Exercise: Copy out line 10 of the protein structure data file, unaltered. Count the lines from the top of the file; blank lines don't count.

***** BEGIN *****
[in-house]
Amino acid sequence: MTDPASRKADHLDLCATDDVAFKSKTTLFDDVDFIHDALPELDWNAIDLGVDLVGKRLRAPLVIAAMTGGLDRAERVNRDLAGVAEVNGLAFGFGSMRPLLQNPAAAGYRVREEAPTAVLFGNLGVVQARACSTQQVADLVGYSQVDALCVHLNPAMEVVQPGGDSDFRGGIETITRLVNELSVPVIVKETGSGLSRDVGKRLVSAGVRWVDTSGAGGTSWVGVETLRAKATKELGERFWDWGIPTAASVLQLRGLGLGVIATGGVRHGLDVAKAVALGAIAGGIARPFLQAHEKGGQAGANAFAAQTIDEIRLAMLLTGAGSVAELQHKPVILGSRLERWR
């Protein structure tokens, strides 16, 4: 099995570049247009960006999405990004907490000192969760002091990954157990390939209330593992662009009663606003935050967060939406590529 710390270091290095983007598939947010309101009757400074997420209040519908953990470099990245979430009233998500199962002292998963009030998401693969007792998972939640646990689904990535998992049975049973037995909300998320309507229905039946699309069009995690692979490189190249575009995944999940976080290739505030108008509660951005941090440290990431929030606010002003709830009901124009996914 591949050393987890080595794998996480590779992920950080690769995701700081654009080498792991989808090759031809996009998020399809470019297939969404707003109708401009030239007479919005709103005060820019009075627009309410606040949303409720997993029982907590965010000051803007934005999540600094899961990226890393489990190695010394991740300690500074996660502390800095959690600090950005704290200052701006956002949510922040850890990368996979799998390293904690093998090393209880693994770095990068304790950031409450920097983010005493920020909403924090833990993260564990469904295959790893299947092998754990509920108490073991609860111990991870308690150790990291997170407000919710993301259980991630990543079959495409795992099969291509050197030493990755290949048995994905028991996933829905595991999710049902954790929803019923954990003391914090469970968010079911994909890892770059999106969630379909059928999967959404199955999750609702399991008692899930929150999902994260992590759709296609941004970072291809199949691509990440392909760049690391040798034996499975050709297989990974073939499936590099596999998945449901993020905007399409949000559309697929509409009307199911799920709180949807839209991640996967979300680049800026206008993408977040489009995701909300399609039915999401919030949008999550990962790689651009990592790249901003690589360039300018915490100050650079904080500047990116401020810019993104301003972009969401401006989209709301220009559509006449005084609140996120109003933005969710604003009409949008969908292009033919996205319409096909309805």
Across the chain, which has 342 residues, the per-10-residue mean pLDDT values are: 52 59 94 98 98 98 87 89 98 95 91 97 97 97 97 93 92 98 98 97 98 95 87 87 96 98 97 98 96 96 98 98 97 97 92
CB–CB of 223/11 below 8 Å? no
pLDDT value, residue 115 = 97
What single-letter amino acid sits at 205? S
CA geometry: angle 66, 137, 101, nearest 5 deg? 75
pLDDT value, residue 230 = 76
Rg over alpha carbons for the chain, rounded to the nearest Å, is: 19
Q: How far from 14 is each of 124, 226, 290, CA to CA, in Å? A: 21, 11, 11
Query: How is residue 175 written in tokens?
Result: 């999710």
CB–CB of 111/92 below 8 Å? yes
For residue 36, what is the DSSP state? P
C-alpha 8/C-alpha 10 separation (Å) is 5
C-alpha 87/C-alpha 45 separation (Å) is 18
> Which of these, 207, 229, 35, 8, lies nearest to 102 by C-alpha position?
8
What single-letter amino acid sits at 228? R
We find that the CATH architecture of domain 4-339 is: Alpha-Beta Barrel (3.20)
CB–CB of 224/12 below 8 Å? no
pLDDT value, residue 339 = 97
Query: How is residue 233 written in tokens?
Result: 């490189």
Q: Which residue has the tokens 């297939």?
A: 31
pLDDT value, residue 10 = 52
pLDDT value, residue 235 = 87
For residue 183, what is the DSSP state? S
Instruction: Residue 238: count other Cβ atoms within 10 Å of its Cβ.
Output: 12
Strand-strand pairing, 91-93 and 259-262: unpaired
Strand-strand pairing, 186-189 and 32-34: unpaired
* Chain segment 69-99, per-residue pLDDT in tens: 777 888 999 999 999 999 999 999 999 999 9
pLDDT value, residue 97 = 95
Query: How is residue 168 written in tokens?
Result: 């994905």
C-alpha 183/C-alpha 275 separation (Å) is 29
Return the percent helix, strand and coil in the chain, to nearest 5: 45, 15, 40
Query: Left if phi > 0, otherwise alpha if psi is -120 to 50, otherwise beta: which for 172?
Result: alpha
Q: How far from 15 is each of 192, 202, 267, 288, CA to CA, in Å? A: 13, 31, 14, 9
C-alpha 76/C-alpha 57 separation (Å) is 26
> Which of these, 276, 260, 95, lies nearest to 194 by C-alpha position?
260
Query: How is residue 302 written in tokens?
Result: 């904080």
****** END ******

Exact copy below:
Rg over alpha carbons for the chain, rounded to the nearest Å, is: 19